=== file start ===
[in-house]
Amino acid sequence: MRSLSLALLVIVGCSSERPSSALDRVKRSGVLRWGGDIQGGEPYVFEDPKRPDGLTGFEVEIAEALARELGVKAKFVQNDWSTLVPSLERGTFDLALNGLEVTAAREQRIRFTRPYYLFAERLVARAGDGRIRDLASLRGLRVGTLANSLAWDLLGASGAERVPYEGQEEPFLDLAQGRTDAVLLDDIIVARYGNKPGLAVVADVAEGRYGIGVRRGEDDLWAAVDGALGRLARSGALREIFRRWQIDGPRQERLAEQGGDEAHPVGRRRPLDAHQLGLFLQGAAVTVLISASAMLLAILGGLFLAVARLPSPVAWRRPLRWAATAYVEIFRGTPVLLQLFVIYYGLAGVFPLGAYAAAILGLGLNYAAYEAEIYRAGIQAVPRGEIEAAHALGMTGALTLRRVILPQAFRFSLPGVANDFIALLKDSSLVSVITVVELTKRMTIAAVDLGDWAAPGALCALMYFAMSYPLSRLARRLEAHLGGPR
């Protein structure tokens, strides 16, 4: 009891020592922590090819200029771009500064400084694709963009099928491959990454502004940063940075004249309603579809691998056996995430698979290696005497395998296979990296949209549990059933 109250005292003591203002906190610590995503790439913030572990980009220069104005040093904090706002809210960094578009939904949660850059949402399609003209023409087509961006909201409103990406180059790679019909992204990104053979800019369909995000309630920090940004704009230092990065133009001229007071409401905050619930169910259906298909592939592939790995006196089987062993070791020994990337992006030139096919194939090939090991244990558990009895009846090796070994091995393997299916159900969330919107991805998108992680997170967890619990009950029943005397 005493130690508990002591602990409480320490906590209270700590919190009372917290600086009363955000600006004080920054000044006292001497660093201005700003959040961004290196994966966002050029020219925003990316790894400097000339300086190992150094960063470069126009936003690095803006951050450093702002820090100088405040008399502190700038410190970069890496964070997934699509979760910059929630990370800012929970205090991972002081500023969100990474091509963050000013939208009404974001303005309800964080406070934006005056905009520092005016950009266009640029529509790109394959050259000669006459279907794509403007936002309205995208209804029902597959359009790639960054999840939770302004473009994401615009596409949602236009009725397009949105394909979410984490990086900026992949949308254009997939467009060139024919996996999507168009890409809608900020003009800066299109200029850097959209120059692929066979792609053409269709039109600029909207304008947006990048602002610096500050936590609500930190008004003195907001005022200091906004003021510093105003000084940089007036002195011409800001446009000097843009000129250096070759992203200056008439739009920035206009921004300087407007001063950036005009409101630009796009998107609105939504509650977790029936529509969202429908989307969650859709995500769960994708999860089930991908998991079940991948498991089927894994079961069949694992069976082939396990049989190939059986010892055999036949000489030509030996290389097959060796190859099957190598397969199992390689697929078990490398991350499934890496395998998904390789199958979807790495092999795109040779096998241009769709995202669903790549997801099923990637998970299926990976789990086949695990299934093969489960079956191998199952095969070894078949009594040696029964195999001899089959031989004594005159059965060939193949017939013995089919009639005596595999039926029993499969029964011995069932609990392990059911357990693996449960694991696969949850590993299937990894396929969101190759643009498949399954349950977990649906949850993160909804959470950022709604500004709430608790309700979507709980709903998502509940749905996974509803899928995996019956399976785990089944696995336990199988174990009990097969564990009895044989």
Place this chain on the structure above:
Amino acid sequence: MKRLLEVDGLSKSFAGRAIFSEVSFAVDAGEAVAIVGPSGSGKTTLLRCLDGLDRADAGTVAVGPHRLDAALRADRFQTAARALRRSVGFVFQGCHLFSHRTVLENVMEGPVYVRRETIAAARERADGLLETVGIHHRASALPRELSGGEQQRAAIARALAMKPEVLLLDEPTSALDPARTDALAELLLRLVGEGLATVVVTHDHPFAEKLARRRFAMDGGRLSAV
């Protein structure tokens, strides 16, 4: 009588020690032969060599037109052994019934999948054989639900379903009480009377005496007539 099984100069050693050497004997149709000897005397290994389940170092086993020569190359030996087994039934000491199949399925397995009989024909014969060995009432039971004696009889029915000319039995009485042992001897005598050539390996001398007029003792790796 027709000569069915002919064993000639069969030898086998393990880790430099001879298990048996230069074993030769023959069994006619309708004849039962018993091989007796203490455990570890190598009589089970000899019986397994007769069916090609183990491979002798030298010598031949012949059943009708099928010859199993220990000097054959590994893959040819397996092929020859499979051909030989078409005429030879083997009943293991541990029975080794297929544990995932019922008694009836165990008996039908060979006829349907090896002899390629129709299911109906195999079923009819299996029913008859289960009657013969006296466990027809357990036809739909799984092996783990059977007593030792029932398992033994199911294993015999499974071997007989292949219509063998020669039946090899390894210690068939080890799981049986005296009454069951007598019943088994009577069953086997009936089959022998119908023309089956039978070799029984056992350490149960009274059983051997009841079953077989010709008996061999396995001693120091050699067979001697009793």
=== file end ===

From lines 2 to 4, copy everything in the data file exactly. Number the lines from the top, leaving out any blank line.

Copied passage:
Amino acid sequence: MRSLSLALLVIVGCSSERPSSALDRVKRSGVLRWGGDIQGGEPYVFEDPKRPDGLTGFEVEIAEALARELGVKAKFVQNDWSTLVPSLERGTFDLALNGLEVTAAREQRIRFTRPYYLFAERLVARAGDGRIRDLASLRGLRVGTLANSLAWDLLGASGAERVPYEGQEEPFLDLAQGRTDAVLLDDIIVARYGNKPGLAVVADVAEGRYGIGVRRGEDDLWAAVDGALGRLARSGALREIFRRWQIDGPRQERLAEQGGDEAHPVGRRRPLDAHQLGLFLQGAAVTVLISASAMLLAILGGLFLAVARLPSPVAWRRPLRWAATAYVEIFRGTPVLLQLFVIYYGLAGVFPLGAYAAAILGLGLNYAAYEAEIYRAGIQAVPRGEIEAAHALGMTGALTLRRVILPQAFRFSLPGVANDFIALLKDSSLVSVITVVELTKRMTIAAVDLGDWAAPGALCALMYFAMSYPLSRLARRLEAHLGGPR
């Protein structure tokens, strides 16, 4: 009891020592922590090819200029771009500064400084694709963009099928491959990454502004940063940075004249309603579809691998056996995430698979290696005497395998296979990296949209549990059933 109250005292003591203002906190610590995503790439913030572990980009220069104005040093904090706002809210960094578009939904949660850059949402399609003209023409087509961006909201409103990406180059790679019909992204990104053979800019369909995000309630920090940004704009230092990065133009001229007071409401905050619930169910259906298909592939592939790995006196089987062993070791020994990337992006030139096919194939090939090991244990558990009895009846090796070994091995393997299916159900969330919107991805998108992680997170967890619990009950029943005397 005493130690508990002591602990409480320490906590209270700590919190009372917290600086009363955000600006004080920054000044006292001497660093201005700003959040961004290196994966966002050029020219925003990316790894400097000339300086190992150094960063470069126009936003690095803006951050450093702002820090100088405040008399502190700038410190970069890496964070997934699509979760910059929630990370800012929970205090991972002081500023969100990474091509963050000013939208009404974001303005309800964080406070934006005056905009520092005016950009266009640029529509790109394959050259000669006459279907794509403007936002309205995208209804029902597959359009790639960054999840939770302004473009994401615009596409949602236009009725397009949105394909979410984490990086900026992949949308254009997939467009060139024919996996999507168009890409809608900020003009800066299109200029850097959209120059692929066979792609053409269709039109600029909207304008947006990048602002610096500050936590609500930190008004003195907001005022200091906004003021510093105003000084940089007036002195011409800001446009000097843009000129250096070759992203200056008439739009920035206009921004300087407007001063950036005009409101630009796009998107609105939504509650977790029936529509969202429908989307969650859709995500769960994708999860089930991908998991079940991948498991089927894994079961069949694992069976082939396990049989190939059986010892055999036949000489030509030996290389097959060796190859099957190598397969199992390689697929078990490398991350499934890496395998998904390789199958979807790495092999795109040779096998241009769709995202669903790549997801099923990637998970299926990976789990086949695990299934093969489960079956191998199952095969070894078949009594040696029964195999001899089959031989004594005159059965060939193949017939013995089919009639005596595999039926029993499969029964011995069932609990392990059911357990693996449960694991696969949850590993299937990894396929969101190759643009498949399954349950977990649906949850993160909804959470950022709604500004709430608790309700979507709980709903998502509940749905996974509803899928995996019956399976785990089944696995336990199988174990009990097969564990009895044989």
Place this chain on the structure above: